There really aren’t many drawbacks to this guitar. Some people find the neck to be a little thick, but it’s something you should get used to fairly quickly, especially if you have reasonably big hands or plan to do a lot of fingerpicking (a slightly larger neck provides a little extra space to move around on the fretboard).
If you definitely prefer a slimmer neck, take a look at the Seagull s6 Original Slim (view on Amazon). Same guitar, just with a thinner neck.
To read my full Seagull S6 Review, click here.
The Seagull s6 is a great guitar, providing excellent value (it sounds better than a lot of guitars double the price), and it’s got everything you need: great sound, high-quality build, and fair price.
This video will give you a quick sample of the Seagull s6’s sound quality:
Note: You can sometimes find a bundle deal that includes the guitar plus a hardshell case and stand for the same price the guitar itself usually goes for.
#2. Big Baby Taylor
Taylor is famous for building high-quality guitars with rich detailed sound. Over the years they’ve introduced several guitar-making innovations which other companies have had to incorporate, and their build quality is second to none.
Taylor only makes premium guitars, and as a result many of their models cost more than $500.
However, the Big Baby Taylor fits neatly into our price range, and it’s a great guitar with a warm, resonant sound. I really love the Taylor tone.
It has a solid Sitka spruce top, with laminate sapele back and sides. Spruce sounds a little brighter than cedar, and may take a little longer to open up than the Seagull s6 (the sound produced by solid wood tops opens up and improves over time).
But the Big Baby Taylor sounds impressive right out of the gate. Sapele is a wood similar to mahogany, providing warmth to contrast the brighter spruce sound and helping to create an overall balanced sound.
It’s lightweight and playable right out of the box, with a thinner neck and body, and low action (the distance between the guitar strings and the fretboard). This makes it easier to hold and play.
Most guitars I’ve recommended here are full-size dreadnoughts, the most popular guitar shape. The Taylor Big Baby does feature a dreadnought shape, but is just slightly smaller than full-size (15/16 the size). Basically the same length, but a thinner body, which may result in a very slight reduction in bass. But the overall sound quality is excellent and the guitar projects quite well.
If you’re interested in the dreadnought shape but prefer a smaller guitar, check out the Baby Taylor instead. Same dreadnought shape, but 3/4 the size of a regular dreadnought, meaning it’s significantly smaller and will give you less volume and bass as a result. But it’s also easier to hold and play for people with small frames.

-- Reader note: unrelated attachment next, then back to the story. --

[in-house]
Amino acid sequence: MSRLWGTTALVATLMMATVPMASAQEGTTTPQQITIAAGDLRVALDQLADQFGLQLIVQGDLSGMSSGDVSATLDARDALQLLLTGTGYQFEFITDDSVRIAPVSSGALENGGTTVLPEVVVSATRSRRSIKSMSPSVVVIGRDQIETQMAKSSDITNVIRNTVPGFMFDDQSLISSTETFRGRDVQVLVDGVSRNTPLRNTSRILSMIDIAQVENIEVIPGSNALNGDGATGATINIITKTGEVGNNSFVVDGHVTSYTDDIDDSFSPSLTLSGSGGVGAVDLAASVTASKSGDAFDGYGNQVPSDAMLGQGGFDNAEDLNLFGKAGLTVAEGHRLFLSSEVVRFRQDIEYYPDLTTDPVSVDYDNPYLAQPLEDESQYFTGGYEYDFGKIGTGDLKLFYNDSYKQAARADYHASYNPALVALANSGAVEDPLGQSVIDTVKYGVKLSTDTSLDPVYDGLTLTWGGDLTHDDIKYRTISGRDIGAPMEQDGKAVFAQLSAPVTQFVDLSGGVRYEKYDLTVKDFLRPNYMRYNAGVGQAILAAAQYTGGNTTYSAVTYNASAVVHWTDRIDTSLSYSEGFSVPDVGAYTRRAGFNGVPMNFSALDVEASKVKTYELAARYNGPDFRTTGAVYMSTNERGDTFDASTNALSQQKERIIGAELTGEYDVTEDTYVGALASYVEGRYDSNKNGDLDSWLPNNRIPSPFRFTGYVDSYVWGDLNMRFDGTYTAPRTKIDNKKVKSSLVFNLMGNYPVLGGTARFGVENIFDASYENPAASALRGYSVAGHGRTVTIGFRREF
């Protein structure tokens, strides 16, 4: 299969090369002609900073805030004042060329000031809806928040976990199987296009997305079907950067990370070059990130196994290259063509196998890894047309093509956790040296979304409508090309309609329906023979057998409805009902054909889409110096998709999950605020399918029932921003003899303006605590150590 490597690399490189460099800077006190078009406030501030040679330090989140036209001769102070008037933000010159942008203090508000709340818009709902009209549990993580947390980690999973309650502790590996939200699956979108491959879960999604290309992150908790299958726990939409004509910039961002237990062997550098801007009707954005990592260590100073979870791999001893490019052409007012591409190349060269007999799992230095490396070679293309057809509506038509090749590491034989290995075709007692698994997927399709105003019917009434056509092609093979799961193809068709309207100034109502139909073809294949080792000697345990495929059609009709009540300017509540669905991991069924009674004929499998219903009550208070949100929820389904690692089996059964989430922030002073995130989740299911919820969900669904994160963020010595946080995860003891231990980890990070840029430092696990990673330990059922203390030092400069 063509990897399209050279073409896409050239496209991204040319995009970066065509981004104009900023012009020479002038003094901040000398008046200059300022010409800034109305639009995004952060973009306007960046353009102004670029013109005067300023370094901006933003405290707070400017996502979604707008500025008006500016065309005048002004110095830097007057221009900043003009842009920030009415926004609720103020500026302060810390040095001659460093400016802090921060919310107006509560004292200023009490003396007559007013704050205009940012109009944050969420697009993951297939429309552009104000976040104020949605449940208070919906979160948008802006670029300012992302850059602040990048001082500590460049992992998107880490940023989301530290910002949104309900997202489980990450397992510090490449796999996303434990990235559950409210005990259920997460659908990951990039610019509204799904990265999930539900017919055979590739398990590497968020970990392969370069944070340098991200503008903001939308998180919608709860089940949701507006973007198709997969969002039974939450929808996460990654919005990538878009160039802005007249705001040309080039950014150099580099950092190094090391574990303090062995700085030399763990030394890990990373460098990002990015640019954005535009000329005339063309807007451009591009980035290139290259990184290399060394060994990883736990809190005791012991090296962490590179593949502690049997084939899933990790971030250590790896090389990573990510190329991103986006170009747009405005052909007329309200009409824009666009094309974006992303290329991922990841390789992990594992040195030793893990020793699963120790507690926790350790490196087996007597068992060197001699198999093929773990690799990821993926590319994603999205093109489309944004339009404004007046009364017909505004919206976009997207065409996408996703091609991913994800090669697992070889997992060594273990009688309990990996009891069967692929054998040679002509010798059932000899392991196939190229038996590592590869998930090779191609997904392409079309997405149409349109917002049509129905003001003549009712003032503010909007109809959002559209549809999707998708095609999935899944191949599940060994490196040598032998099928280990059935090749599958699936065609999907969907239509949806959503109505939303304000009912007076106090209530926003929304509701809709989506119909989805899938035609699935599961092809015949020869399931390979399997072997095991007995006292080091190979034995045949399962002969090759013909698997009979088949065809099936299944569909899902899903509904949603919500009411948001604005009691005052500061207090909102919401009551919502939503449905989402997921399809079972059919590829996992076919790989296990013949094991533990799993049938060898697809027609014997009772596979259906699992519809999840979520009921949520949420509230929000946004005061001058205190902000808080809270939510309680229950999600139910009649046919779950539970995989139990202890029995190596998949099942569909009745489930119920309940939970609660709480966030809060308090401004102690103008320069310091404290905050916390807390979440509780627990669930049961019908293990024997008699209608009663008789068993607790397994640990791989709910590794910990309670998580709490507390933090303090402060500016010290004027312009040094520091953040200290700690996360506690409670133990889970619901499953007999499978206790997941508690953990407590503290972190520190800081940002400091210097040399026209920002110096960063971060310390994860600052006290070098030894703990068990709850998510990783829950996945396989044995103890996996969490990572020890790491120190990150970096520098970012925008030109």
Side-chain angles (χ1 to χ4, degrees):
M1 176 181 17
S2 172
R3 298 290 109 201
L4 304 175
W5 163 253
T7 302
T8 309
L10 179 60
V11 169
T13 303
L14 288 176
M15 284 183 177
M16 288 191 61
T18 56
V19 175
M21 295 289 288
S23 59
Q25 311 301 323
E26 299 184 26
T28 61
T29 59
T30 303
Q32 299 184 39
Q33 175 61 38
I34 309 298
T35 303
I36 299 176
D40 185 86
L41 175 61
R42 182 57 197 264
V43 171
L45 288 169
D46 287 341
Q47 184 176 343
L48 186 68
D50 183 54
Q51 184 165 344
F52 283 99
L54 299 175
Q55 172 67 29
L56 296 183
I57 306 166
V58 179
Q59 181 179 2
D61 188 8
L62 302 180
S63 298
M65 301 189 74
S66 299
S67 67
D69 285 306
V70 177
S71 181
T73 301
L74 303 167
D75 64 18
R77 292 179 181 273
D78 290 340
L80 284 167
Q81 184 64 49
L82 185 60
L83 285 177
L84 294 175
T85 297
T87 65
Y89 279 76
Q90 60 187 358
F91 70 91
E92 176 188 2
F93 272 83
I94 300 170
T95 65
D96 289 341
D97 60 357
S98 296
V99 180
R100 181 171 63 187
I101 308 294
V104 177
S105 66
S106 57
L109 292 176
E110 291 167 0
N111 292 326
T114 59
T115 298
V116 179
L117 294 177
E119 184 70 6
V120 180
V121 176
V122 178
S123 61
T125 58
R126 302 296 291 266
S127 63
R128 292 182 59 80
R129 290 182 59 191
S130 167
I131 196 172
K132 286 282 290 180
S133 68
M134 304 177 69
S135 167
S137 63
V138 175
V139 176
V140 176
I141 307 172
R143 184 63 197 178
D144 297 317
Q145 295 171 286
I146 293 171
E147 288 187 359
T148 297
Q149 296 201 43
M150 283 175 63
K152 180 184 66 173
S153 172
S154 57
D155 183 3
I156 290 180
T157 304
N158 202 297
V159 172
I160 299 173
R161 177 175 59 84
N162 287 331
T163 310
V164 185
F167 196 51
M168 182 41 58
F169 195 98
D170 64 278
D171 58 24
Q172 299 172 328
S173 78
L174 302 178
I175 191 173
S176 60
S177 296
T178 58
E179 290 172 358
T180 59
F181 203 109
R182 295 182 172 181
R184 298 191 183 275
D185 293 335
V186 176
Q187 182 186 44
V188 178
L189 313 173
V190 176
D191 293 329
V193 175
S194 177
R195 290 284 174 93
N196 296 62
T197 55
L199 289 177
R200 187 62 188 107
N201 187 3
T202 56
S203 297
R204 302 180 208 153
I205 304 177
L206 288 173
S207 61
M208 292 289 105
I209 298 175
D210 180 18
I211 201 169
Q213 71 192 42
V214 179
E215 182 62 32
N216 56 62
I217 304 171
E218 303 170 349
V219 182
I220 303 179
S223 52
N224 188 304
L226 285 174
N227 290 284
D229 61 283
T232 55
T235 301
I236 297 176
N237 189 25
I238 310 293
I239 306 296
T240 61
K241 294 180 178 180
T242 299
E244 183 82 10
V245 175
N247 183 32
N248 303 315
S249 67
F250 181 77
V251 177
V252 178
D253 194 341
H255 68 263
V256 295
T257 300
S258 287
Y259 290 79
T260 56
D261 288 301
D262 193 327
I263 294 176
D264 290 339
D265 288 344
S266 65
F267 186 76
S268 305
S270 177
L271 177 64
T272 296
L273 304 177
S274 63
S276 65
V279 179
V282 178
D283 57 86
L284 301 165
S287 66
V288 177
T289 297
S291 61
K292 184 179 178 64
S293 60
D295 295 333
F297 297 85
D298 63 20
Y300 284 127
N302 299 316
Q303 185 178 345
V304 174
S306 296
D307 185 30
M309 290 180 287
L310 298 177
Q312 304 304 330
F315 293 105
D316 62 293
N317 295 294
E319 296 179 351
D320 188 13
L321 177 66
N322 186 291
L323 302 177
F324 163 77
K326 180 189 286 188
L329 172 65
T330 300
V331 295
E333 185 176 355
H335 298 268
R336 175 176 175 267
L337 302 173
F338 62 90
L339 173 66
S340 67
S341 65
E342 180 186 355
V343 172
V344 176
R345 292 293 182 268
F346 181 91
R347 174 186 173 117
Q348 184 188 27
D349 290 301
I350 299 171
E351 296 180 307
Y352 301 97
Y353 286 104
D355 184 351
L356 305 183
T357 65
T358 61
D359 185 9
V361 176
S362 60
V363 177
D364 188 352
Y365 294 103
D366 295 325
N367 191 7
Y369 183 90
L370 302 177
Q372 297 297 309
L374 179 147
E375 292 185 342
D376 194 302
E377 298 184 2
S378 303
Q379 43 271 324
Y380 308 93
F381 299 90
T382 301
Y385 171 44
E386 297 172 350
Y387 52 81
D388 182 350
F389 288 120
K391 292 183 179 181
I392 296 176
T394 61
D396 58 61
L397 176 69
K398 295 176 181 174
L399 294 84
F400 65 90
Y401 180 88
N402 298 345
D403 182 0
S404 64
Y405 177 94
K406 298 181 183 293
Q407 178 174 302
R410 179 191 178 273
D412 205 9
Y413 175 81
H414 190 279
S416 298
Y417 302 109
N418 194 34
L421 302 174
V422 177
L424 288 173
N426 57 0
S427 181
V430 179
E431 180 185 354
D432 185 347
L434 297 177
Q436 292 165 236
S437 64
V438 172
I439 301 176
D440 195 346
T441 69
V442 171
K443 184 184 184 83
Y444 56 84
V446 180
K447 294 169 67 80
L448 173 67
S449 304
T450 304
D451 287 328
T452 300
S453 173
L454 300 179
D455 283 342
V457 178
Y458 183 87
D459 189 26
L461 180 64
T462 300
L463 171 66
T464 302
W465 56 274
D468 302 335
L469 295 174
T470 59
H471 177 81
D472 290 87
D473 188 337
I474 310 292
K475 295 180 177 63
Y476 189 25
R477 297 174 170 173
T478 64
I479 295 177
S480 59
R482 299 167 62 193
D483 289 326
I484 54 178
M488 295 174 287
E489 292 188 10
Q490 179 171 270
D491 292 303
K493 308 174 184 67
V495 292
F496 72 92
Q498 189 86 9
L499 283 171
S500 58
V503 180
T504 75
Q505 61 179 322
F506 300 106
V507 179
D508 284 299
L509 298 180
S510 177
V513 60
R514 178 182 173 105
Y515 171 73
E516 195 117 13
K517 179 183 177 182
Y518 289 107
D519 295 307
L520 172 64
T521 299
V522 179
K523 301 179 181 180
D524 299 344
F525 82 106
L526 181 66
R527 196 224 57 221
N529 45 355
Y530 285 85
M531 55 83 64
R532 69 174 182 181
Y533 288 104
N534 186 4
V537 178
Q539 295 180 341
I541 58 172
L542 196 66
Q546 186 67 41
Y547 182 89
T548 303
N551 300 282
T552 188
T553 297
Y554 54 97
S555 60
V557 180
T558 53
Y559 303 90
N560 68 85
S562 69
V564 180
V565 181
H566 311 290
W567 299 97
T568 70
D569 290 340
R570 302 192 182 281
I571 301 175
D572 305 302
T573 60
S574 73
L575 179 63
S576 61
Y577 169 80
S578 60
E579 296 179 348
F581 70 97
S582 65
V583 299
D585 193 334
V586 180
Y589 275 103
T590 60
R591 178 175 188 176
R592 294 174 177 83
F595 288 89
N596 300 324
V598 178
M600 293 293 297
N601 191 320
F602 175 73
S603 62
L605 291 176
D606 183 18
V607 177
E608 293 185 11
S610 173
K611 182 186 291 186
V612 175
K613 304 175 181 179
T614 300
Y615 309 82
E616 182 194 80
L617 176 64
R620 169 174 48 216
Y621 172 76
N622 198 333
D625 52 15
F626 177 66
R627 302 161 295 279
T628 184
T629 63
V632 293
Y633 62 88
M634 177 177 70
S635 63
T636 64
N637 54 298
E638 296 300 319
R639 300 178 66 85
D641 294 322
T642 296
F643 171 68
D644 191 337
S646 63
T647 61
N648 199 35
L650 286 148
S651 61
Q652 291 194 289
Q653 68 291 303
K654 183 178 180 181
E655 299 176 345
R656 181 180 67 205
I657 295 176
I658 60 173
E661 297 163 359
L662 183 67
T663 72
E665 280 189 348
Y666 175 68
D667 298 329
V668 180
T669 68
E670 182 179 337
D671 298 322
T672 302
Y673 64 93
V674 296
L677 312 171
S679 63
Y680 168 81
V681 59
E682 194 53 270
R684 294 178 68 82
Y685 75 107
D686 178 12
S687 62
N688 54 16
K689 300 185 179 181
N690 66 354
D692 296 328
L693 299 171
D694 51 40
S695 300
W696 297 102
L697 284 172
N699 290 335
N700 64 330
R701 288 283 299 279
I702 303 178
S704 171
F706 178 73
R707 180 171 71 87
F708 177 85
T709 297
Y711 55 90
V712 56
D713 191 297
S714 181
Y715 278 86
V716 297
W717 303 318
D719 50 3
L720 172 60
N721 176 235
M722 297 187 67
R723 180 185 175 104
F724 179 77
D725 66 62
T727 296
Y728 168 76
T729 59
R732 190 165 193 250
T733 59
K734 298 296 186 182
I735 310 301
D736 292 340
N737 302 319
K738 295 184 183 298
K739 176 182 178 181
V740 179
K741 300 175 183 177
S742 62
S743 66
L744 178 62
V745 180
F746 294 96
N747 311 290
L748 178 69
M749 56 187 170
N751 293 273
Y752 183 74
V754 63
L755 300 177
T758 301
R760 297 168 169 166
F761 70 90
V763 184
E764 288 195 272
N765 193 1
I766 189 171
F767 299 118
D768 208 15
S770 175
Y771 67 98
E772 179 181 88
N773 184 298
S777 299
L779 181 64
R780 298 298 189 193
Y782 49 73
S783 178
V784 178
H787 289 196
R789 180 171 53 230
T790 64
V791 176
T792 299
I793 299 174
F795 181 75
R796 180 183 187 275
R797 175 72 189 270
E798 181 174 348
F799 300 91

A nice bonus is that the Taylor Big Baby comes with a gig bag included. Taylor’s guitar bags are quite well made, and you’ll actually want to use it.
Here’s a nice demonstration of how great the Big Baby Taylor sounds:
#3. Yamaha FG830
The Yamaha FG830 is a great value at this price, with excellent sound and build quality.
The FG830 features a solid Sitka spruce top, and laminate rosewood back and sides. The use of rosewood for the back and sides adds a little to the price of an acoustic guitar, but it’s worth it. Rosewood makes this guitar sound great, with lush overtones and a slightly darker, more complex sound with a lot of depth, especially in the lower end. It helps provide more sustain, and makes strumming sound particularly rich.
This guitar is a beauty too, with cream binding up the body, neck and headstock.
Yamaha’s new 800 Series guitar design includes scalloped bracing in the guitar top, a feature usually found on higher-priced guitars. Scalloped bracing is a little lighter with extra vibration, providing added volume and sustain, especially in the low and mid-range.
If you’d like to learn more, check out my Yamaha FG800 Review (with details about the full 800 Series, including the Yamaha FG830).
This video provides a good example of the Yamaha FG830’s quality sound:
That’s our list. Click here to check out the Best Acoustic Guitar Under $1000.
I hope you find the perfect acoustic guitar for you. Happy Guitarspotting!